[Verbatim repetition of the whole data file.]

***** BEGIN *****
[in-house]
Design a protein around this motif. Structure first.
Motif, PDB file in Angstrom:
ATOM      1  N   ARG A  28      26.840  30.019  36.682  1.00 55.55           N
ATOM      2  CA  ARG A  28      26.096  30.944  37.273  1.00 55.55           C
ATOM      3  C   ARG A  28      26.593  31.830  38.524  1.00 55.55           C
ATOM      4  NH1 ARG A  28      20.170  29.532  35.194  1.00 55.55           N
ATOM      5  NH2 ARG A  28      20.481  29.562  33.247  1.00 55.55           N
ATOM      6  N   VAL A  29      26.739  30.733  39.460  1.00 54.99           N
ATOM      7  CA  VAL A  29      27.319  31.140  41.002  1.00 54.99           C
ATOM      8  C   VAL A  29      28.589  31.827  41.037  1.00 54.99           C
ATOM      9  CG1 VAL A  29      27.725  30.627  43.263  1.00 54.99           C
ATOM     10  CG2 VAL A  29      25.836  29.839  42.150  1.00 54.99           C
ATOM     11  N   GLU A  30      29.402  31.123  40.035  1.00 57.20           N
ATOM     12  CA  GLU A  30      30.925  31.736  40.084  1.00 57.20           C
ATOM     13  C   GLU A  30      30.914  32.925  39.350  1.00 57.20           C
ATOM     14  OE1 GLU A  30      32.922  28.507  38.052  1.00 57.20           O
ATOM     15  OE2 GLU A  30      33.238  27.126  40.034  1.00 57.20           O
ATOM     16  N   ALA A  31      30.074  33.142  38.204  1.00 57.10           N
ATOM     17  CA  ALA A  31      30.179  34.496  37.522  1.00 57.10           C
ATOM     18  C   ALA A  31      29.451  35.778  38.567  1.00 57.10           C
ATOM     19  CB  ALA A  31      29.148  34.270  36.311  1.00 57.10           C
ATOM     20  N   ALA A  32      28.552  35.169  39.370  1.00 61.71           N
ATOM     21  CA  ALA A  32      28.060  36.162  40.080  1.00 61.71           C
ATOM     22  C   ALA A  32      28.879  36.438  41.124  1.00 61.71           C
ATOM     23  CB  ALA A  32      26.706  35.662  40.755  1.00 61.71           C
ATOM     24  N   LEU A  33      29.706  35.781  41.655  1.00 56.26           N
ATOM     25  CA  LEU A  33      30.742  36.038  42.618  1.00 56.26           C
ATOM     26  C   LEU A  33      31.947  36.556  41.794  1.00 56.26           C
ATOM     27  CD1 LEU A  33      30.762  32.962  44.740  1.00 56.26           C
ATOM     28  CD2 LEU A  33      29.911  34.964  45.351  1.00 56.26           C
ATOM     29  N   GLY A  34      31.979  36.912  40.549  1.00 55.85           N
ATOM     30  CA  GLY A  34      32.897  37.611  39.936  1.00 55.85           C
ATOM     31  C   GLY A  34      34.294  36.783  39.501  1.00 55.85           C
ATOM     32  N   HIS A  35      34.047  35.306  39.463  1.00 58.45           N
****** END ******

[in-house]
Design a protein around this motif. Structure first.
Motif, PDB file in Angstrom:
ATOM      1  N   ARG A  28      26.840  30.019  36.682  1.00 55.55           N
ATOM      2  CA  ARG A  28      26.096  30.944  37.273  1.00 55.55           C
ATOM      3  C   ARG A  28      26.593  31.830  38.524  1.00 55.55           C
ATOM      4  NH1 ARG A  28      20.170  29.532  35.194  1.00 55.55           N
ATOM      5  NH2 ARG A  28      20.481  29.562  33.247  1.00 55.55           N
ATOM      6  N   VAL A  29      26.739  30.733  39.460  1.00 54.99           N
ATOM      7  CA  VAL A  29      27.319  31.140  41.002  1.00 54.99           C
ATOM      8  C   VAL A  29      28.589  31.827  41.037  1.00 54.99           C
ATOM      9  CG1 VAL A  29      27.725  30.627  43.263  1.00 54.99           C
ATOM     10  CG2 VAL A  29      25.836  29.839  42.150  1.00 54.99           C
ATOM     11  N   GLU A  30      29.402  31.123  40.035  1.00 57.20           N
ATOM     12  CA  GLU A  30      30.925  31.736  40.084  1.00 57.20           C
ATOM     13  C   GLU A  30      30.914  32.925  39.350  1.00 57.20           C
ATOM     14  OE1 GLU A  30      32.922  28.507  38.052  1.00 57.20           O
ATOM     15  OE2 GLU A  30      33.238  27.126  40.034  1.00 57.20           O
ATOM     16  N   ALA A  31      30.074  33.142  38.204  1.00 57.10           N
ATOM     17  CA  ALA A  31      30.179  34.496  37.522  1.00 57.10           C
ATOM     18  C   ALA A  31      29.451  35.778  38.567  1.00 57.10           C
ATOM     19  CB  ALA A  31      29.148  34.270  36.311  1.00 57.10           C
ATOM     20  N   ALA A  32      28.552  35.169  39.370  1.00 61.71           N
ATOM     21  CA  ALA A  32      28.060  36.162  40.080  1.00 61.71           C
ATOM     22  C   ALA A  32      28.879  36.438  41.124  1.00 61.71           C
ATOM     23  CB  ALA A  32      26.706  35.662  40.755  1.00 61.71           C
ATOM     24  N   LEU A  33      29.706  35.781  41.655  1.00 56.26           N
ATOM     25  CA  LEU A  33      30.742  36.038  42.618  1.00 56.26           C
ATOM     26  C   LEU A  33      31.947  36.556  41.794  1.00 56.26           C
ATOM     27  CD1 LEU A  33      30.762  32.962  44.740  1.00 56.26           C
ATOM     28  CD2 LEU A  33      29.911  34.964  45.351  1.00 56.26           C
ATOM     29  N   GLY A  34      31.979  36.912  40.549  1.00 55.85           N
ATOM     30  CA  GLY A  34      32.897  37.611  39.936  1.00 55.85           C
ATOM     31  C   GLY A  34      34.294  36.783  39.501  1.00 55.85           C
ATOM     32  N   HIS A  35      34.047  35.306  39.463  1.00 58.45           N